SDG System Vs SDG Mice

<< Back to the SDG Toolkit page

How to: The System Mouse vs SDG Mice: Things you need to know.

  • Why system and SDG mice are very different things
  • How to use the SDGManager's EmulateSystemMouse property to manage the system mouse.
Download: SdgMouseParkingDemo.zip
Source: SdgMouseParkingDemoSrc.zip
  • Unzip all files (executables plus dependancies) into a single folder.
  • The executable should run just by clicking the .exe
  • For recompiling the source, you may have to reset the sdgt reference to point to where you had put the SDGToolkit dll.
  • See the end of this page for a description of what this program does.

Windows offers only a single system mouse, and consequently draws only a single system cursor on the screen. When you plug in multiple mice, windows just combines their input to move the system cursor. Similarly, all widgets in windows react to input from the single mouse.

Because SDGToolkit provides multiple mice and cursors (without the knowledge of Windows), it directly violates the Windows GUI. This creates several issues (see the SDG Toolkit paper in the How To section for a complete discussion).

  • Setting SDG Mice coordinates
  • What should we do with the system mouse?
  • Normal GUI widgets won't work properly with SDG mice

Setting SDG Mice coordinates. In windows, mice coordinates are normally reported relative to a window. SDG mice work differently.

  • By default, coordinates are always relative to the top left corner of the screen. This is fine for a full screen application, but bad if your SDG application lives in a window.
  • You can tell the SDG Toolkit to deliver coordinates so they are relative to the insider top-left corner of a window (a Form). To do this, set the RelativeTo property in the SDGManager to a form.

What should we do with the system mouse? The system mouse is still around when you use SDGToolkit. However, it does provide several strategies for dealing with it.

  • Parking the mouse. (Recommended). The SDGManager has a property called Emulate System Mouse. When this is set to Park, the system mouse is moved to the location given in ParkSystemMouseLocation, made invisible, and left there. That is, it does not move no matter how you move any of the SDG mice. This means that clicks outside of the SDG window will be ignored. The downside is that standard non-SDG widgets will not work (including your window title bar options), nor will you be able to do any task switching through mouse selection. This is why you have to press Alt-F4 to close the window, or Alt-Tab to switch between applications.
  • Full screen applications. Another way around this problem is to park the mouse, and make the application full screen. This at least removes the visual conflict of having an SDG application surrounded by a non-SDG environment.

Normal GUI widgets won't work properly with SDG mice. Normal GUI widgets won't work at all if the System Mouse is parked. Yet you can have the System Mouse follow a specific SDG mouse.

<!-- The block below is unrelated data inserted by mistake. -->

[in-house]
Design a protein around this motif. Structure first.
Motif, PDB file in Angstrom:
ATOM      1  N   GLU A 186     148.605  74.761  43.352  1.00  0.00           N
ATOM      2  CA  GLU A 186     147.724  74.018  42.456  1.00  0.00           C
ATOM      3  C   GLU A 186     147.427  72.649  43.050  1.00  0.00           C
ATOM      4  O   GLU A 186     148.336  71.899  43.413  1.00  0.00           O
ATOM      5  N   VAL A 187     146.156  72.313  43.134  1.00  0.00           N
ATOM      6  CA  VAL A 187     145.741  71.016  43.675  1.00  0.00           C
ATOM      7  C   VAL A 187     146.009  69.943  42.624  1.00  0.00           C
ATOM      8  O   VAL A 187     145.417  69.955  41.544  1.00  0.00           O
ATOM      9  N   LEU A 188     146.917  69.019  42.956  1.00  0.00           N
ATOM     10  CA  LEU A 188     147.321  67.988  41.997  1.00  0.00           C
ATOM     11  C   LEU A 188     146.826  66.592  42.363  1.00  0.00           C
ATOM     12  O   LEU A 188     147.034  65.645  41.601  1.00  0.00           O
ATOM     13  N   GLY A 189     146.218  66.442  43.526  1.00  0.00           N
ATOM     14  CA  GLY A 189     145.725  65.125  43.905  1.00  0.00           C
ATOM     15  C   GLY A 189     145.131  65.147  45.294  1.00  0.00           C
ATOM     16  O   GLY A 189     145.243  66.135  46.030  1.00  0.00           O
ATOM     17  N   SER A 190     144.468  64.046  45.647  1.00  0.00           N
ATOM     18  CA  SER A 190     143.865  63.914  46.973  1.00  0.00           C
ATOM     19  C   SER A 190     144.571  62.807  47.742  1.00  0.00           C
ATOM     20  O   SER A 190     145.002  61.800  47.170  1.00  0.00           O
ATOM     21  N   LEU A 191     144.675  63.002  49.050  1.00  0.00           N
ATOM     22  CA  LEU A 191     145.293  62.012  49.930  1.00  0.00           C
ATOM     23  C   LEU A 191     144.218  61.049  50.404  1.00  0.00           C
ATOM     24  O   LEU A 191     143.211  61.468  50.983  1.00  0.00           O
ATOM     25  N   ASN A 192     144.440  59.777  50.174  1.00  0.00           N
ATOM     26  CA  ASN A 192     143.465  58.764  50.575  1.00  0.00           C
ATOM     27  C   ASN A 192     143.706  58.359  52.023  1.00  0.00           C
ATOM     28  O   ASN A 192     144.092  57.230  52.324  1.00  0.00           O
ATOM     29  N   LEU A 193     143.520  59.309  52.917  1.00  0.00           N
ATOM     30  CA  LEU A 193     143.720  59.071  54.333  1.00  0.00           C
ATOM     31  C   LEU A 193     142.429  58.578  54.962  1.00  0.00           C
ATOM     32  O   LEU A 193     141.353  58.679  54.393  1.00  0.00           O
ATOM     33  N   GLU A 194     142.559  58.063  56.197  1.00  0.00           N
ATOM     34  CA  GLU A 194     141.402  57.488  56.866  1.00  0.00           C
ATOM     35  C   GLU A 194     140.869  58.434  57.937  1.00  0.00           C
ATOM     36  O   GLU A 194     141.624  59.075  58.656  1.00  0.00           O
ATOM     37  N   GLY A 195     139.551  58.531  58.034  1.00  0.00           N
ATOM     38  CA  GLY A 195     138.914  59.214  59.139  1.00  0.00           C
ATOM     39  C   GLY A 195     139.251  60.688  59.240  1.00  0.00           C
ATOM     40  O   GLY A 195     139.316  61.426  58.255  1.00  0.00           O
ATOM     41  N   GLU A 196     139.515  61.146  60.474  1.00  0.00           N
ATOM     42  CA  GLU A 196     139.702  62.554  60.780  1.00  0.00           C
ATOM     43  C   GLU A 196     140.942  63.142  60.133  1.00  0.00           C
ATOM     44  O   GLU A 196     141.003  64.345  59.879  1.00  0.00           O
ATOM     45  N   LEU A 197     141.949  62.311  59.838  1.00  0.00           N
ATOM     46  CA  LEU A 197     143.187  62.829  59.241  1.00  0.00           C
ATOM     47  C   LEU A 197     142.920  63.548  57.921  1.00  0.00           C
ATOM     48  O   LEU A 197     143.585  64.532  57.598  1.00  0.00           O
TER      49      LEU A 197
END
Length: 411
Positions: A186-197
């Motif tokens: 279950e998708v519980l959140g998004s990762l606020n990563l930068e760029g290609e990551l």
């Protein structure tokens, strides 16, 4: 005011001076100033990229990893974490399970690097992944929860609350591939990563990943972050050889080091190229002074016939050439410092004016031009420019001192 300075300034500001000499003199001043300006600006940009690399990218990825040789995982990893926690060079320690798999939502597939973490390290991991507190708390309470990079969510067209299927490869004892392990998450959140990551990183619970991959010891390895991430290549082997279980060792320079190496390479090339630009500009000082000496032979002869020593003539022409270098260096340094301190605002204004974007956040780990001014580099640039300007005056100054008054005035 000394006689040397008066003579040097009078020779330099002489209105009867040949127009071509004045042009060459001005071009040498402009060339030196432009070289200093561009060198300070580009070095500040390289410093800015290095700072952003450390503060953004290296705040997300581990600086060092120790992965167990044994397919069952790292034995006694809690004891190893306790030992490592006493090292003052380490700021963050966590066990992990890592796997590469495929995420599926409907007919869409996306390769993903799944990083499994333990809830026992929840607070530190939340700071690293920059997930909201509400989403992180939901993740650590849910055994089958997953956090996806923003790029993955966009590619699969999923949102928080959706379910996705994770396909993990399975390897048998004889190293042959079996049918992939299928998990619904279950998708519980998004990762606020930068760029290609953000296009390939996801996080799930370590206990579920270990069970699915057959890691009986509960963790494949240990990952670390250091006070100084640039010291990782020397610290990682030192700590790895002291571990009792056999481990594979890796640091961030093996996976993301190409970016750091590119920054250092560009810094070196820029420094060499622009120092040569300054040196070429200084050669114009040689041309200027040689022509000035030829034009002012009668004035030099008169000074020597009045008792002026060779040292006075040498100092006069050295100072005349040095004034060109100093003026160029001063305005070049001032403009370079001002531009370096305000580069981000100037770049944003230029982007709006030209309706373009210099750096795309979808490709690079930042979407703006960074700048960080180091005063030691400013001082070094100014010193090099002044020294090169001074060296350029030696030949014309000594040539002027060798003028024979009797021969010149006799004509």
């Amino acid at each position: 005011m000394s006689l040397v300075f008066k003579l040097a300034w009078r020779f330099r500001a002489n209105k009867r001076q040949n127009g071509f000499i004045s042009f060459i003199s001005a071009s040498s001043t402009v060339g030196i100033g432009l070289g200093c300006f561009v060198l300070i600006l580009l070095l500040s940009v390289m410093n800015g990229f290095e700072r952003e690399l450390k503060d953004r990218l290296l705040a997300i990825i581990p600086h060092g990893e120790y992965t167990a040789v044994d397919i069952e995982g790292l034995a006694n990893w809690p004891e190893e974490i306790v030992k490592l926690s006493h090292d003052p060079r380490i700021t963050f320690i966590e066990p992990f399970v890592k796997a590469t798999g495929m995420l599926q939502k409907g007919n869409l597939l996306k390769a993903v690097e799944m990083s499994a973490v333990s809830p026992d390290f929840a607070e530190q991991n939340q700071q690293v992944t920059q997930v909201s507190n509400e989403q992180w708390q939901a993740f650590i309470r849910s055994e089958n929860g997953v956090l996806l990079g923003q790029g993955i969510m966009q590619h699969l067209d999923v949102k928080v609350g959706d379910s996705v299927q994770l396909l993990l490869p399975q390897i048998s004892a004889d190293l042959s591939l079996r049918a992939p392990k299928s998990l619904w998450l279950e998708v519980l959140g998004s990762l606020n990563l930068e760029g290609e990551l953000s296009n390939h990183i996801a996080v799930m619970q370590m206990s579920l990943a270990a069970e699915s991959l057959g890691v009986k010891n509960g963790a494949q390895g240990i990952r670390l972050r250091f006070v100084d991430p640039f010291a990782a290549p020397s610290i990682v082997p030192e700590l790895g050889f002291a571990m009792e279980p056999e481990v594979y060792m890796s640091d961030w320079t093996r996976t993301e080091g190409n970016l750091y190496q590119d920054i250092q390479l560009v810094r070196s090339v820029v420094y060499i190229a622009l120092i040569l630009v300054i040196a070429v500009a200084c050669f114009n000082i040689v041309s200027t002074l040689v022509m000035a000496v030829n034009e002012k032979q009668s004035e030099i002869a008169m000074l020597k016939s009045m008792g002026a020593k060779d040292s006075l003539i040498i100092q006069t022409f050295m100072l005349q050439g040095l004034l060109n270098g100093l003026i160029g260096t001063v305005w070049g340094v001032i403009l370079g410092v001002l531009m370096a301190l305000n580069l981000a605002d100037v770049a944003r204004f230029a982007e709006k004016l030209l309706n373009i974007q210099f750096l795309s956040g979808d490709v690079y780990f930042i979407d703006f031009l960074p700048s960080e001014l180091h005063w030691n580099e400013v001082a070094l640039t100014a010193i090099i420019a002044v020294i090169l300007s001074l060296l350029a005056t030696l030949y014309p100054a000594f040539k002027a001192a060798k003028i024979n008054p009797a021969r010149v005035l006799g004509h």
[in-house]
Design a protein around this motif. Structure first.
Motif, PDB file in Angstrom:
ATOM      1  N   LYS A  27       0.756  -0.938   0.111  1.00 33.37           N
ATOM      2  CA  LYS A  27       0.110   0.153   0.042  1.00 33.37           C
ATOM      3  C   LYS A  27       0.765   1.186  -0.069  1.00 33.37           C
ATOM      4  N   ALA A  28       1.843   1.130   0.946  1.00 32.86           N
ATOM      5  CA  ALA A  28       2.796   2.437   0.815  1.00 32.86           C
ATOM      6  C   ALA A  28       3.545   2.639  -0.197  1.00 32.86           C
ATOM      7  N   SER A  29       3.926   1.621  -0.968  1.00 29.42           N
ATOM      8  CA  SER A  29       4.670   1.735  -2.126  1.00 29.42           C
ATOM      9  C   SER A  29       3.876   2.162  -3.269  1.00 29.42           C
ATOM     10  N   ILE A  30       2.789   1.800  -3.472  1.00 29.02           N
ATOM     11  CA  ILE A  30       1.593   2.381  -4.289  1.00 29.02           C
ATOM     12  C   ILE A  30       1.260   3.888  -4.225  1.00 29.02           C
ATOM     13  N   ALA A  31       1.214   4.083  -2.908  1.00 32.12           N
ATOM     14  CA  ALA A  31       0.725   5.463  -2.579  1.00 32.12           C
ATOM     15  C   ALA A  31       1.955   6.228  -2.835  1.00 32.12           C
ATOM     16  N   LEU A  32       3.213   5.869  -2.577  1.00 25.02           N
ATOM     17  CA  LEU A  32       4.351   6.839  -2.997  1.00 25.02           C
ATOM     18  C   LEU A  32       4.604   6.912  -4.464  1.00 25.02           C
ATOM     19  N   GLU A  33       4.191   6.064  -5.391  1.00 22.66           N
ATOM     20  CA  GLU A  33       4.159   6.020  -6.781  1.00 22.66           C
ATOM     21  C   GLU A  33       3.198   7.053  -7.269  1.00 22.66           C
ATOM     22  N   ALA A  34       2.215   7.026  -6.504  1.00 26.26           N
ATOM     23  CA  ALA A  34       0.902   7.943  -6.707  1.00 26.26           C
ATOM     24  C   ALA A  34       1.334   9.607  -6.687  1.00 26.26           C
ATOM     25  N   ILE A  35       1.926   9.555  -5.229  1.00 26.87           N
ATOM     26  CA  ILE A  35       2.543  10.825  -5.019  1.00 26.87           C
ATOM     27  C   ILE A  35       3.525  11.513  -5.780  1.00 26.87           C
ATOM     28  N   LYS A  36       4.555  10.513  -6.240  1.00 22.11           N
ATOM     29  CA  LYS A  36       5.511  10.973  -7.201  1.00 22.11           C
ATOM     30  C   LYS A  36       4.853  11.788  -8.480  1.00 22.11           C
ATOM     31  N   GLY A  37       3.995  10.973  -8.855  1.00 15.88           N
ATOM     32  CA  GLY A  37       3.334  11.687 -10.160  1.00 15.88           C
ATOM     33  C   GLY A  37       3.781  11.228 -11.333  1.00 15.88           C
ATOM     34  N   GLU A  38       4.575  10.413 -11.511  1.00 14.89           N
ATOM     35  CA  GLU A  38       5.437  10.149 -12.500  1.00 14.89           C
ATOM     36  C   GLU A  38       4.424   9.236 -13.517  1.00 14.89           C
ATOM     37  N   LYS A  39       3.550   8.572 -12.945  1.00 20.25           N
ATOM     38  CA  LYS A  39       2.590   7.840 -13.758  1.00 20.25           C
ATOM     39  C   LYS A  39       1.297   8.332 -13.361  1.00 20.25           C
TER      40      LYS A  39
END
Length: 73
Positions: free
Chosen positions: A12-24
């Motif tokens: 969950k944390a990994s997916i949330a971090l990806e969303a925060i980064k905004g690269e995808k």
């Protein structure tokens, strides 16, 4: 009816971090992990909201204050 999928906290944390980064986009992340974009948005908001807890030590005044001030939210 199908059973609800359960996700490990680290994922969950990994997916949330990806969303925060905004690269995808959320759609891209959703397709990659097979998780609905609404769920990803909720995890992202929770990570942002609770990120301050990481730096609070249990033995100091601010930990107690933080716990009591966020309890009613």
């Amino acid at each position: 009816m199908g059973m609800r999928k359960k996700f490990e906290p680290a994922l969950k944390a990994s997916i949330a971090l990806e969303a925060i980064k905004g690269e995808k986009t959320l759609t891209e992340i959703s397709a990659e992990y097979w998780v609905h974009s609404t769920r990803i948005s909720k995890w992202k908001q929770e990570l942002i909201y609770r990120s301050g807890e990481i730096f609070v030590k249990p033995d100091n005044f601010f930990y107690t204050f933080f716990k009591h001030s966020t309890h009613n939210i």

• Set the sdgManager's Emulate System Mouse to Follow Mouse, in which case it will follow Mouse 0 by default.
  • Set a property called MouseToFollow and indicate the mouse ID if you want it tofollow another mouse.).
  • Expect strange behaviours. Other people will expect their mouse to work like a system mouse, but it won't. Also, other people's mouse actions may interfere with your use of the system mouse.
  • If you click do click outside the SDG Window, several unpleasant things happen.
    • Your SDG application (and the other mice) will stop working. You are essentially parallizing everyone else.
    • your system mouse cursor will appear, while the SDG mouse cursors will also stay visible.
  • In practice, its best not to use this mode unless you really know what you are doing or have a good reason for doing it.

Confused? It all comes from having a window system with an ingrained notion that there could ever be a single mouse pointer. All commercial systems work this way. how bizarre.

Sdg Mouse Parking Demonstration Program. Download and try the program included on this page. It demonstrates what happens. Beware: this is ugly behaviour.

  • The form is SDG aware, and starts up with the mouse parked.
  • It contains a standard button that will count how many times it has been clicked
  • The form itself contains a message that says that the mouse will be unparked after it has been clicked 5 times, and counts how many times it will have been clicked.
  • The cursors are labelled to show which one is the first (0) cursor, as that one will behave like the system mouse (sort of) after the mouse is unparked.
  • For the first 5 clicks, the system mouse is unparked. Try clicking on the button and/or outside the window. It should have no effect.
  • After 5 clickes, the system mouse is unparked. Try clicking on the button with the non-0 mouse (nothing should happen), and then with mouse 0 (it will occassionally increment - it works better if you move the mouse as you click it).
  • Then try clicking outside the window with the non-0 mouse (nothing should happen) and with mouse 0 (the system mouse will appear, and the SDG Mice cursors will freeze). Both mice will now move the single system cursor.
  • Then try clicking back into the SDG window with the system mouse. Things should work again.